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Image 5 of Young's spirit of the South and Central American, March 12, 1859

Part of Young's spirit of the South and Central American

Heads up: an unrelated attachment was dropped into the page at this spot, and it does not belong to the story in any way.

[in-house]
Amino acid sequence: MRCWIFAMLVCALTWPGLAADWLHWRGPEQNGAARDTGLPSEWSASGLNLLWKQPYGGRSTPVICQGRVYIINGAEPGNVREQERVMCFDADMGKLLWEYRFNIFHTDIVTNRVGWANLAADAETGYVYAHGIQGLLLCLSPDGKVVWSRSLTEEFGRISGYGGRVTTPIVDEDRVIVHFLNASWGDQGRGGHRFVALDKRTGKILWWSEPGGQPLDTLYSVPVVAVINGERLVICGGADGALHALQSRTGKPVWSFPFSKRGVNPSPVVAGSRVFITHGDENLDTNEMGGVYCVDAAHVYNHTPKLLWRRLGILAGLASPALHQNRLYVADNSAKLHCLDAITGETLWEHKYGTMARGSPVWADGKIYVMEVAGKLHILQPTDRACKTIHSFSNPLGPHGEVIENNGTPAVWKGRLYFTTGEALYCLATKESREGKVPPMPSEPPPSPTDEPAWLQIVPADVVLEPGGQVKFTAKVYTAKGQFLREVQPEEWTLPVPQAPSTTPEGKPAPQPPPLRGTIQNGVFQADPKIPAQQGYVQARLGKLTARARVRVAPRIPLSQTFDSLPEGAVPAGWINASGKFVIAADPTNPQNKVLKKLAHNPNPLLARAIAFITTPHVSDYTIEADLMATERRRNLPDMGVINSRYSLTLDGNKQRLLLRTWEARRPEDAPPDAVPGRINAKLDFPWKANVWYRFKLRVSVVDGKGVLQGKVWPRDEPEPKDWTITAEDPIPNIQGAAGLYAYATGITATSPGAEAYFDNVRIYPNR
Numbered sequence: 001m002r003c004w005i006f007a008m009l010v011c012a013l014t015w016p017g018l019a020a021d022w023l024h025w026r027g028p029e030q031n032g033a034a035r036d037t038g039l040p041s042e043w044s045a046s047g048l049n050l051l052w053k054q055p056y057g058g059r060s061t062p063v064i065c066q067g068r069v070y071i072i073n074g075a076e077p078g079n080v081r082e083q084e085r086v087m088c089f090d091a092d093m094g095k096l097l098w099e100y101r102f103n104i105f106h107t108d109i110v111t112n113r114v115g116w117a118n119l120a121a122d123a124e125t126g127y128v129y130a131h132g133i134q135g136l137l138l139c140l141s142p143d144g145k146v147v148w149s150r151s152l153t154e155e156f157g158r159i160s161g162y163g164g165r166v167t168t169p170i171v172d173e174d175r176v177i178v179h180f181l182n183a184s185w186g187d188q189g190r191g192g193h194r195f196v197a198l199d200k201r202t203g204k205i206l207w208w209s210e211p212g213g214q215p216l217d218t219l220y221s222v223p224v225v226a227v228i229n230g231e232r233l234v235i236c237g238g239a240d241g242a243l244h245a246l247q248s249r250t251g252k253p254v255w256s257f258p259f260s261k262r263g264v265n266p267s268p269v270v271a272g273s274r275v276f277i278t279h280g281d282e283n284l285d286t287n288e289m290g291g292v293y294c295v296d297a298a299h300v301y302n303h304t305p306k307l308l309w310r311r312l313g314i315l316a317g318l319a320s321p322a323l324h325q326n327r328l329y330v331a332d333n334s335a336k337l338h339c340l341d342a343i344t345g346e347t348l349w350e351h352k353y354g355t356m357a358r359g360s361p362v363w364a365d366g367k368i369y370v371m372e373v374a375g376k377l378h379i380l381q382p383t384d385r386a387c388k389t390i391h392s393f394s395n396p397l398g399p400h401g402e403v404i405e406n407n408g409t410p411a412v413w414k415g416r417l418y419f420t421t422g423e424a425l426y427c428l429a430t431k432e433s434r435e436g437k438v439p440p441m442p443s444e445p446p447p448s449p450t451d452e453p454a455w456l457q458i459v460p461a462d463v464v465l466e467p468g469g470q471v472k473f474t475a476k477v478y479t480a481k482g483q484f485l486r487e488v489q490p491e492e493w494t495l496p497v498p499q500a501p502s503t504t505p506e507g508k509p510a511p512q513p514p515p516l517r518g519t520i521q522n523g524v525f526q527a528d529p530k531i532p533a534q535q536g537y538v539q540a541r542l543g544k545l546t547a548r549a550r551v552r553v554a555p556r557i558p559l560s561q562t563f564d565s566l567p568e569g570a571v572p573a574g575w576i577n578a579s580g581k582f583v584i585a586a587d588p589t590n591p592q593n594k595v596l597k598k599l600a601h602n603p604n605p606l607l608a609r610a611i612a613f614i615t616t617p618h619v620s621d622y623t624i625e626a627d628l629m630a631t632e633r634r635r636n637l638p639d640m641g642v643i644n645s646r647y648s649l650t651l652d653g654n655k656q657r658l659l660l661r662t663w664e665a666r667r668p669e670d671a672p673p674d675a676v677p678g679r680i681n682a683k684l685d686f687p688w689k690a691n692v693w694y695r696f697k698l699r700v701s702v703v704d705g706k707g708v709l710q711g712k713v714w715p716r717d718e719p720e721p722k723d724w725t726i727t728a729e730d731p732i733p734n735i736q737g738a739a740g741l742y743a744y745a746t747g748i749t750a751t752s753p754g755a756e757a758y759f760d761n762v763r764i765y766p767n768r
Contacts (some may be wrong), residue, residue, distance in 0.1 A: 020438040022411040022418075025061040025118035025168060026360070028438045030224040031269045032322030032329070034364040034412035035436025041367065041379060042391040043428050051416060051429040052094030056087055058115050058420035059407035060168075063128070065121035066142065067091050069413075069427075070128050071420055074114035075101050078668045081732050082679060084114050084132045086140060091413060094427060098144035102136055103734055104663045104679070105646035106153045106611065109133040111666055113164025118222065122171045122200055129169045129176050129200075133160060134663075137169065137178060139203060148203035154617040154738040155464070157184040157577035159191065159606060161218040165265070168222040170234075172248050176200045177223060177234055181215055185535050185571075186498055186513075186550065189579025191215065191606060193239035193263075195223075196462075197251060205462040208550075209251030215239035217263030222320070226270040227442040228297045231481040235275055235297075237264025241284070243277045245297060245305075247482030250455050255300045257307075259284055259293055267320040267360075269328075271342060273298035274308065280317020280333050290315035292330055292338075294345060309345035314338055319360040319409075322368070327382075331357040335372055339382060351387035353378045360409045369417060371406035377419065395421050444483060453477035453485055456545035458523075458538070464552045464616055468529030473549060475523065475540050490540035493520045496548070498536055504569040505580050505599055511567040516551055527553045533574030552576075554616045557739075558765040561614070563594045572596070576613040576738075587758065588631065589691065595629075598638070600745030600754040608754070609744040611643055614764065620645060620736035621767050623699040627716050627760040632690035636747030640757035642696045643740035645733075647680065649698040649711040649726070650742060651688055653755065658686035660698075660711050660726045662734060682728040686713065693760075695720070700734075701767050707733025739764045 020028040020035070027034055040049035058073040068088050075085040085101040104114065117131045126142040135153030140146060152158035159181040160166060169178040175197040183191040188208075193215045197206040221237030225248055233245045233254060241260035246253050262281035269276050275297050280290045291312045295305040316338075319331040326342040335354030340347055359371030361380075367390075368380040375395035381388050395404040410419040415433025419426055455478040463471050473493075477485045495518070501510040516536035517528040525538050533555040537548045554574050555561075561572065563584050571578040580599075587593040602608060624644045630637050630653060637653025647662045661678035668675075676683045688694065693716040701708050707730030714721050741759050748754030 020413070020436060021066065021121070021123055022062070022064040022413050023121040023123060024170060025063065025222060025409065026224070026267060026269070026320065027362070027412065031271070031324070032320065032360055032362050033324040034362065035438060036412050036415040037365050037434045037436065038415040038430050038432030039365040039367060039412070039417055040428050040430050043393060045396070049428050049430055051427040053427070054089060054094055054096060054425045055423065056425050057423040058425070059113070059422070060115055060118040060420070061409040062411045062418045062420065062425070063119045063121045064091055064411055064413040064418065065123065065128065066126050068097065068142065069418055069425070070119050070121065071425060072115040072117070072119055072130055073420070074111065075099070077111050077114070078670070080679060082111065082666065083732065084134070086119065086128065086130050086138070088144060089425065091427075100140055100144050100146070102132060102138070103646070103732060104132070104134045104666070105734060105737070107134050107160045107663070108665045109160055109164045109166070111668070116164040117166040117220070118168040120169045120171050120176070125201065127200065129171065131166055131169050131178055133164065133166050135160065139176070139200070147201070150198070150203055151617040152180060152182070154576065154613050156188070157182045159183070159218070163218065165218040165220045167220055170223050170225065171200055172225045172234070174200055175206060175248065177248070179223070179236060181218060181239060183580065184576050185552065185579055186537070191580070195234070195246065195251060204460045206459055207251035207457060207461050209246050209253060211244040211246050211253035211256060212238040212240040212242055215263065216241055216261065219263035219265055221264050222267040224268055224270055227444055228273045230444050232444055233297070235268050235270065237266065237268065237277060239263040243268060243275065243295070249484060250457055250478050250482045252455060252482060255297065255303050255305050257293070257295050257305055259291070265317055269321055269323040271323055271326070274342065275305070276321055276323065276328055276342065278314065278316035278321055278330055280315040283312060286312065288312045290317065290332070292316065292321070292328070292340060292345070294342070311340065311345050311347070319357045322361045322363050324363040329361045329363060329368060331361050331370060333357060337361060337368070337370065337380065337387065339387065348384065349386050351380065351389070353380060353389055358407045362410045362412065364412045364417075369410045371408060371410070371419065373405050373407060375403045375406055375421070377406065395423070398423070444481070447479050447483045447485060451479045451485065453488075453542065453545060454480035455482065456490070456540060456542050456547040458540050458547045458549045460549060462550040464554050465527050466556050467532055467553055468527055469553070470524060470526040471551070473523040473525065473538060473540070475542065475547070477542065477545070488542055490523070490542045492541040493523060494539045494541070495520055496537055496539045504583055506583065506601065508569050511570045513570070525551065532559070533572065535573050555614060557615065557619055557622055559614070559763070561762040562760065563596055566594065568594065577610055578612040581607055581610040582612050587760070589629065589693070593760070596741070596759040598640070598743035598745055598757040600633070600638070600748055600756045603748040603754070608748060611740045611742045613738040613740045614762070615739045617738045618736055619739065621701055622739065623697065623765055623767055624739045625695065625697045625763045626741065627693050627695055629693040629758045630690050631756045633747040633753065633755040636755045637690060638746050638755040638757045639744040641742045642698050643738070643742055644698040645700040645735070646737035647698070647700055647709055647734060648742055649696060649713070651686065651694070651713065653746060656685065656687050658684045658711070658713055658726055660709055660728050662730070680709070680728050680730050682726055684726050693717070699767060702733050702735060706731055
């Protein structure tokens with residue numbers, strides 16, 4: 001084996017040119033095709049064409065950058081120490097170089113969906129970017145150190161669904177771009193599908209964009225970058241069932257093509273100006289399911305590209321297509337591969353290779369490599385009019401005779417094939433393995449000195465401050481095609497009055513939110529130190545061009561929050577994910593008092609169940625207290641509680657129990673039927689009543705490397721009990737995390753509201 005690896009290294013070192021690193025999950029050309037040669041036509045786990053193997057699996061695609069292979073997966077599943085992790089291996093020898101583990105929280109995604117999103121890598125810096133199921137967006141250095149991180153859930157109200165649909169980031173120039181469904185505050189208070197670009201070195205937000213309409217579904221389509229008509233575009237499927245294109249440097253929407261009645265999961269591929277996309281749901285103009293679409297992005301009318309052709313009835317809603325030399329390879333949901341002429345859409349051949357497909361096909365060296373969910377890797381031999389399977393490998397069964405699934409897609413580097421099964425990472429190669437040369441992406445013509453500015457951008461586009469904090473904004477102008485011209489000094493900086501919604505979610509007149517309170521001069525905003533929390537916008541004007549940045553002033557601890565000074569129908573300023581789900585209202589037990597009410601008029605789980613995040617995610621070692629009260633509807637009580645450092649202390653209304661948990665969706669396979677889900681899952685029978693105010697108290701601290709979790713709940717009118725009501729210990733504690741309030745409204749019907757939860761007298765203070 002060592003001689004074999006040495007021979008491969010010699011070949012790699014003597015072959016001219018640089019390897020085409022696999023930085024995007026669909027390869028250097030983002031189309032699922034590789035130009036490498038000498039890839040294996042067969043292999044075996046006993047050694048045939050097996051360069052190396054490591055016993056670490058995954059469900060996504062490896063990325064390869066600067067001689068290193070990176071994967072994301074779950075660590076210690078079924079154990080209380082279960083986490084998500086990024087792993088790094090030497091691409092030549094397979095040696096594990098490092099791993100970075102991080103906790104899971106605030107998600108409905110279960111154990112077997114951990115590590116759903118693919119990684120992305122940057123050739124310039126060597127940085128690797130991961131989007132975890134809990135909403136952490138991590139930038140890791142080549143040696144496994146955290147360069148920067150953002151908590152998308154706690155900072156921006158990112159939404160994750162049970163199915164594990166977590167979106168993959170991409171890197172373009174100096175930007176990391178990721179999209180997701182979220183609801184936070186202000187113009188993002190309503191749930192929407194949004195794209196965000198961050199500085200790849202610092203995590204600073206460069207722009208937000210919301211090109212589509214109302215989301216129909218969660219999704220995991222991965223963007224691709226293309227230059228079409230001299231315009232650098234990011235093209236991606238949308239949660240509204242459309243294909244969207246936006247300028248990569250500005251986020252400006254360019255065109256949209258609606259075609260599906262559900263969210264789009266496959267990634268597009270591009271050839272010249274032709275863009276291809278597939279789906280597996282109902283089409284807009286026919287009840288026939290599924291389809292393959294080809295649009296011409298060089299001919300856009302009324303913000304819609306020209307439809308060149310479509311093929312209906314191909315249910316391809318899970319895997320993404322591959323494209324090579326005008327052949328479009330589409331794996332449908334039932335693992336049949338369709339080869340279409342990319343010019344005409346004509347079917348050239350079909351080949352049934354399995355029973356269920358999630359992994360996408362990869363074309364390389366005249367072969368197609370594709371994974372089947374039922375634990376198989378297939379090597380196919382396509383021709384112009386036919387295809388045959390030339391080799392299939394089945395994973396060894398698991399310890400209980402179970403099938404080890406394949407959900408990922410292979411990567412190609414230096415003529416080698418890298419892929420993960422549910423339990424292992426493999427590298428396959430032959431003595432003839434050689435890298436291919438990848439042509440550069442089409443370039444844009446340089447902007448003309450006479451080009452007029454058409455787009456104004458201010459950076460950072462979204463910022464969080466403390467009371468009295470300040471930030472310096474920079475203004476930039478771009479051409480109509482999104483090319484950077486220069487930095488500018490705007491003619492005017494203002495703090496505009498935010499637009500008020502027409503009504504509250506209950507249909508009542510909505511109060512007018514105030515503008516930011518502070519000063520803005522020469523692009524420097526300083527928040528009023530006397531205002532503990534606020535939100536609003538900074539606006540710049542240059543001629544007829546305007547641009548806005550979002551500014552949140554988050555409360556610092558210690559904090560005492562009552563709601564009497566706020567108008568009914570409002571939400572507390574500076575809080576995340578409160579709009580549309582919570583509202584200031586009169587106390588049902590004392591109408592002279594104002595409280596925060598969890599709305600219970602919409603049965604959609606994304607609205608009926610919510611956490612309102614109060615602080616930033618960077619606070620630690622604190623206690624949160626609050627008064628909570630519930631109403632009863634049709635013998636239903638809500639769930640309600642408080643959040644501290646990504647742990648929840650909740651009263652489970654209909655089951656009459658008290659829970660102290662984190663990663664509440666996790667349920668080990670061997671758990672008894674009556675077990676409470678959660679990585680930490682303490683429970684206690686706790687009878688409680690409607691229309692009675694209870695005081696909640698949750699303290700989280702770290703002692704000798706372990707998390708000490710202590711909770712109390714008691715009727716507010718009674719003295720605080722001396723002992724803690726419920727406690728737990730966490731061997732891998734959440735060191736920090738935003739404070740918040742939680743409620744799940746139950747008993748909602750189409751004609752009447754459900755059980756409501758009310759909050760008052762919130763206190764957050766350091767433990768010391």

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ffmmgg spirit 0f IWritten for Young's Spirit of the South. t THE SCHOOLMASTER ABROAD. r SOMBER I. Pete Sanders thinks he is qualified for the responsible station of Schoolmaster, and takes a school How it began and how it ended A friend advises him to extend his usefulness to the little village of Louisville, Illinois lie goes and sees the folks A sniping adventure. TO 13 AVE DAWSON. Mebby you were surprised when I left the Bend Dear Dave so suddenly, and it mout be that I'd better kinder explain matters to you and the rest on 'em. You know the school I got up ? well I couldn't make it go not for want of qualification, or anything of that sort, for Squire Harris sez he thinks I'm well qualified but because I couldn't manage the young 'uns. They're hard cases, them young I'apaw Benders; and what made 'em wuss, you see, ,they'd allcrs know'd me, and they lookt on me as an equal If I'd a been a stranger I could a managed 'em like a knife. For an illustration of how they treated mo : When I went to the school house in the mornin you see I'd only kept : one day I put little Bill Brown to his A B Cs and told him he had to lam em in double quick time. He went off and set down. In about half an hour I called him up; and, would you believe it, he didn't hnow a single one of 'em. Sez I to him, "You infernal young rascal, you, if you come up here agin 'thout a knowing every one of 'em, I'll lick you like fog." " " sez be to me, kinder scornful, and a pokin bis finger D'ye reckon I play thunder, Pete Sanders atords me, care for you, old l'ete Sanders?" Kervim I foteh him on the side of his head, and out came a Y-e-- ! "y-o-u'- d . sqall. Then his big .brother, Tom Brown, hawled off bis coat and swore he'd lam me till I wouldn't know my granny. Then all the rest of the boys they stood up and hurraw'd for Tom; and eeein as how I stood no chance among them I jist loaped outen the hole over the writin board and made tracks atoards old Sad's The boys didn't follow me, so when I got about woods pasture. of a mile from the school house I mounted a stump a quarter and dismissed the school, and that's the last I ever hearn of it Rather a bad beginnin that; but, as aunt Sally Scroggins sez, a bad beginnin allers has a good endin. That evenin I met Bill Hatch, the pump peddlar, you know, and told him all about my bad luck. He sed he tvas mortal sorry I to hear on it, still he thought I had talents and larnin enough to make a good schoolmaster ; and then he let in to advisen me to go to 6ome strange place and try my hand. I told him I didn't know nary place to go; and then he said Louisville, in Illinois, would suit me to a hair, as they had no school, and that, if I'd go there, he'd give me a letter of introduction to Doctor Green. That pleased my fancy, c- next mornin 1 put all my money in my pocket, took leave of dad and mam and Betty Seranton Squire Scranton' s' Betty; and then I footed it to Washington, where I mout take the kars for Louisville. I tell you what, Dave, this ridin on the kars is some, and kinder gets a feller what ain't exactly ust to it. I know 1 felt mortal squimish, cause, you see, it was my first trip. But contrary to my expectations, and right agin what mam said for she vowed I'd be killed if I went on 'em we got clean to Flora, safe and sound 'thout an accident. I got off at Flora and walked acrost to Louisville seven miles and here I am. 1 don't know precisely how to take the prospects for a school. I think sometimes they're tolerable good, and then agin 1 think they ain't. I can't exacty understand these Illinois folks. They call me "The Iloosier," cause I'm from Indiana, and seem to let on like they thiak I'm a little green, which you know ain't so, Dave. I'm up to snuff, as the editor of the "White River Valley Weekly Times" sez. It mout be that I take 'em that way accause they're strange and have strange ways, and that they don't mean nothin ; still I can't exactly like a little affair what took place last night. Let me tell you about it, and then see what you think. They's a feller here named Bill F'enner, and him and mo, we've got purty thick; that is, we war till last night. Well, last night Bill came up to me, and sez he : ' Oh Iloosier " Sez I, "What?" Sez he, " Dili you ever go a snipin ?" - " ! Sez I "No what is it?" " I'll tell you," sez he. " We take a bag or two jest arter dark and goes over in the Little Wabash Bottom here, whar the snipes are mortal thick. Well, when we gets over there some on us sets down and holds open the bags, and smokes a big cigar, made on purpose, while the rest on us goes out and stirs up the snipes. Well, as I was sayin, they're mortal thick, and we soon get 'em stirred up in a dreadful flutter. They soon get kinder confused, some way, and as soon as that takes place they see the fire on the feller's cigar and makes for it until they runs kerflumix right t he's a boldin open. Why, we catch a bag full into the in a little or no time." " Possible " sez I, " why I never hearn tell o' the like afore. It must be rich fun;" and I gin my hand a graceful swing, cause, you see, I wanted to act out the schoolmaster. " Fun " sez he, " well, now you're a talkin They's nothin on a feller can't top of yearth what can hold it a candle. help a laughin till he makes bis sides sore for a week." ." Well, now, that must be rich," sez I. " Rich I reckon it tis," sez he; " and we're a goin out to catch bag-'wha- ! y (k Jwutft mii Central How would you like to go along with us and a bag full see the fun ?" "Jam up," sez I, cause, you see, I was in for ennything, for I wanted to make myself popular, which, I know'd wouldn't make nothin agin my gettin a school. The big cigar was made, and jest arter All was arranged. dusk we some six or eight in number took a bag and started. We went away down the river to the bridgj, and when we got over in the Bottom we went away up to the snipe range. When we got to the right place the boys sed, seem in as how I didn't know the ground as well as they did, mebby I had better hold the bag and let them drive. Of course I had no objections; so they fired the big cigar and I took the bag and set down, a holdin it open and a smokin. The boys, they scattered off arter the snipes, and were soon clean out of sight and hearin. For about an hour I sot a puffin at the big cigar, and a holdin open the bag, and yit nary snipe had come, nor could I hear a stine of the boys. I began to think the matter over several ways, and sez I to myself, "Pete, this seems mortal queer! It shorely ain't a good night for sniping. But where's the b jys ? Oh, seein as how it ain't a good night for snipes, I reckon they're had to go a good ways to find enny." Jest then I thought I hearn some-thi- n rustlin in the leaves, and I silenced down, cause I spected a snipe was comin. I waited, but nothin could I see of it. I smoked still harder same result Presently thinks sez I to myself, " Pete, mebby it's come and got in the bag, and you didn't see it;" so I got up and shook the bag; but nary snipe. I sot down and held the bag open another hour; and then not hearin anything of either the boys or the snipes, I begun to feel kinder oneary. The thought struck me, it mout be possible they'd got lost, and I fixed my mouth to holler; then I thought I'd better not, cause it mout get out a report that I was scart; and that mout go agin me in gettin a school. I toughed it out anoter hour, with the same success; and then 1 begun to get mortal oneasy and restless. To this I added an other half hour, and then my cigar was used up. It was a gittin late in the night, and I know'd they must be somethin wrong. I They were all out'n hollered at a venture, but no one answered. hearin. at Here was a fix to be in. Way up in a strange the dead of night, all alone, 'thout knowin exactly the way out. All the rest of the boys lost or drowned, or somethin of the kind. What was to be did ? I know'd it was no use a stayin there enny longer, so arter hollerin a few times more as loud as I could, and not hearin any response, I started back, as near as possible, the way we had come. As I blundered along through the brush I got up a chat with e sez I, " Won't there be a dreadful stir myself, jist for in Louisville when I get in with the news that all them boys are I guess they'll be more excitement than ever lost in the bottom was at that place afore. It's a dreadful thing! I jist tell you, Pete Sanders, it's orful! and it mout be that you'd get in the same fix afore you get aut o' this. What if your mam and Betty Seranton could see you here a pumbling about over logs aud wouldn't they be in a dreadful figity fix? I can't I cum into a slough of water jist bear the idea then, up to my arms. Of course my conversation was nipped in the bud, and as the water was most mortal cold, you ort to a hearn mo give vent to my fcelins. 1 know'd it was too late to back out, so I jist waded through and then blundered on. Away bout midnight I got to town wet and tired. I hurried up to the tavern to spread the alarm about the boys what went out with me. When I got there what do you think I seed ? Why there sot all the infernal cusses, leaned back on their dignities, a smokin cigars and a sniggerin about somethin. As soon as they cotch a glimpse of me, all wet, with the bag over my shoulder, the jist roared out in a regular ha haw. Now, Dave Dawson, you know my temper; and so you can draw a purty good idea how mad I was; cause, you see, the truth flasht on me at once that they'd been playin a trick on me. I couldn't hardly stand it Down went the bag, and off came my coat, and then up began to go my sleeves, preparatory to lickin a lot of 'em then I thought about my school, and know'd it wouldn't do. I held in the best I could and walked off 'thout sayin a word. You shall hear from me agin soon, but whether I'll be here or Give my love to all the folks in not depends on circumstances. the Bend ; but don't tell enny on 'em about this scrape especially don't tell Betty Seranton., Pete Sanders, S. II. I remain yours, From Papatc Bend. river-botto- pas-tim- of" By referance to another column you will find Thank you. Will be pleased to hear from you S. B. of Cincinnati. is right. 449 Written for Young's Spirit of the South. .'OPEN SESAME." The bard has sung, "The man's the gold;" May. be who, passing, knows it? "The rank is but the guena stamp" To all the world that shows it. The gold, though only in the mine The yellow dust when minted King Dollar lords it o'er the world: The value goes imprinted! What! you are poor? My loving friend, You'll have to be translated! You are not one of Adam's boys Your world was ne'er created Ah! you are (heavens!) pardon me! What fancy's my tormentor? They kicked me, begging, from their door Your dollar jingles: "enter." ! figg-Jo- J. J. P. Drummond of Scotland publishes a card in the last hn ''Porter's Spirit" challenging any man in the United States to play against him at Draughts for two hundred and fifty dollari a side. Is there no Yankee to "pick him up?" Naval. Official orders have been received at the Brooklyn Navy Yard to get the United States steamer San Jacinto ready for sea as soon as possible. Wrorkmen have been put upon her and every exertion will be made to have her ready by the 1st of May next. She is booked for the coast of Africa, and will relieve the United r States Cumberland, now of the African sqnadron. The United States steam frigate Wabash was at Genoa on the 21st ult, and would remain there until April, except instructions to the contrary came from the Navy Department Officers and crew all well. We have late news from the Mediterranean squadron. The United States steam frigate Wabash, Commodore Lavellette was at Genoa on the 21st ult, all well, and would remain there until April, unless orders to the contrary came from the Navy Department The sloop Macedonian, Capt Levy, was at Alexandria preparing for sea, and would probably sail in a few days. Both ships' officers and crew were well Gur latest dates from the Paraguay Expedition locate the vessels as follows: Montevidoe, flag ships Sabine, St Lawrence; steamers Fulton, Walter Witch, Harriet Lane; sloop Falmouth; brigs Perry, Brainbridge and Dolphin, storeship Supply, and another name not given. Thus leaves the following at sea, the first three of which had reached Brazilian latitudes: Sloop Preble, steamer Southern Star, Boston (storeship,) and steamers Atlanta, Memphis, Calodonia, Westernport, M. W. Chapin and sloop-of-wa- flag-shi- Meta-com- et The Boston papers contain news from the sloop of war Dale, of Sho is safe, and all well. The other vesthe African Squadron. sels of the squadron were stationed as at last advices. ker-plu- Mr. Samuel McLaughlin, of Jersey City, has a full brother to Lancet, whom, he says, he will match to trot against that can be produced. any other that all biranm. often. AlVepIc. Says he " In Pleasures's ways I'll go it strong, To theatres and parties oft and many, I'll mingle with the gay and festive throng, And with the jolly I'll invest my penny, I'll shout hurra! the noisiest among, And be as pleased, if possible, as any." And thus he practised, but with all his trying He found the Pleasure was unsatisfying. At New York on Thursday afternoon General Wheat, of notoriety, and Colonel Canton of Costa Rica, measured arms outside of Delmonico's to the entertainment of between one and two thousand lookers-on- . The General broke his cane over the Colonel's head, giving a severe cut, but nothing dangerous resulted. IIorrillr Massacre op a Missionary Family. The Rev. Mr. Klifman, a Methodist missionary who had been preaching to the Indians of Oregon since 1838, was murdered with his family not long since, under singular and appalling circumstances. The small-pohaving broken out among the savages, while the missionary's family were not attacked, the former thouglit that this pestilence had been introduced by the whites with the intention of exterminatirg the red race. Acting upon this horrible suspicion, their next step was revenge. A bold chief was selected for the deed, who stole into the chamber of the sleeping family, and buried his tomahawk into the brain of the missionary and that of his wife, and then other Indians rushed in, and helpless children, male and female employees were butchered, the house razed to the ground, fences destroyed, and every vestige of a once happy home destroyed. The facts of the case have been laid before the Senate in a communication from the War Department. x Theatrical. The Campbell Minstrels played here Tuesday and Wednespay nights, to good houses. A Dutch ball the first night and a free lecture the second made the numbers less than than they would otherwise have been. Farnk Leslie Lehr, the most original and ever interesting old darky in the world, and Little Boby are interesting features of the Troupe; although the whole band are considered the best that ever before visited our D. city. Madison, Ind., March 11, 1S09. - DR. G. W. BOWLKlt, VETEKIMAHt SITRGEOX, HAS returned from Europe, and is prepared to treat all sick horsos and'cattle placed under his charge, on the most scientific principles. Parties at a distance, having valuable stock, can obtain his services by sending a telegraphic dispatch, or can consult him by letter, enclosing a fee of two dollars. Address, Db. G. BOWLER, Veteriuany Sougeon, No. 15, Sixth St., 13 between Main and Walnut, Cincinnati, Ohio. J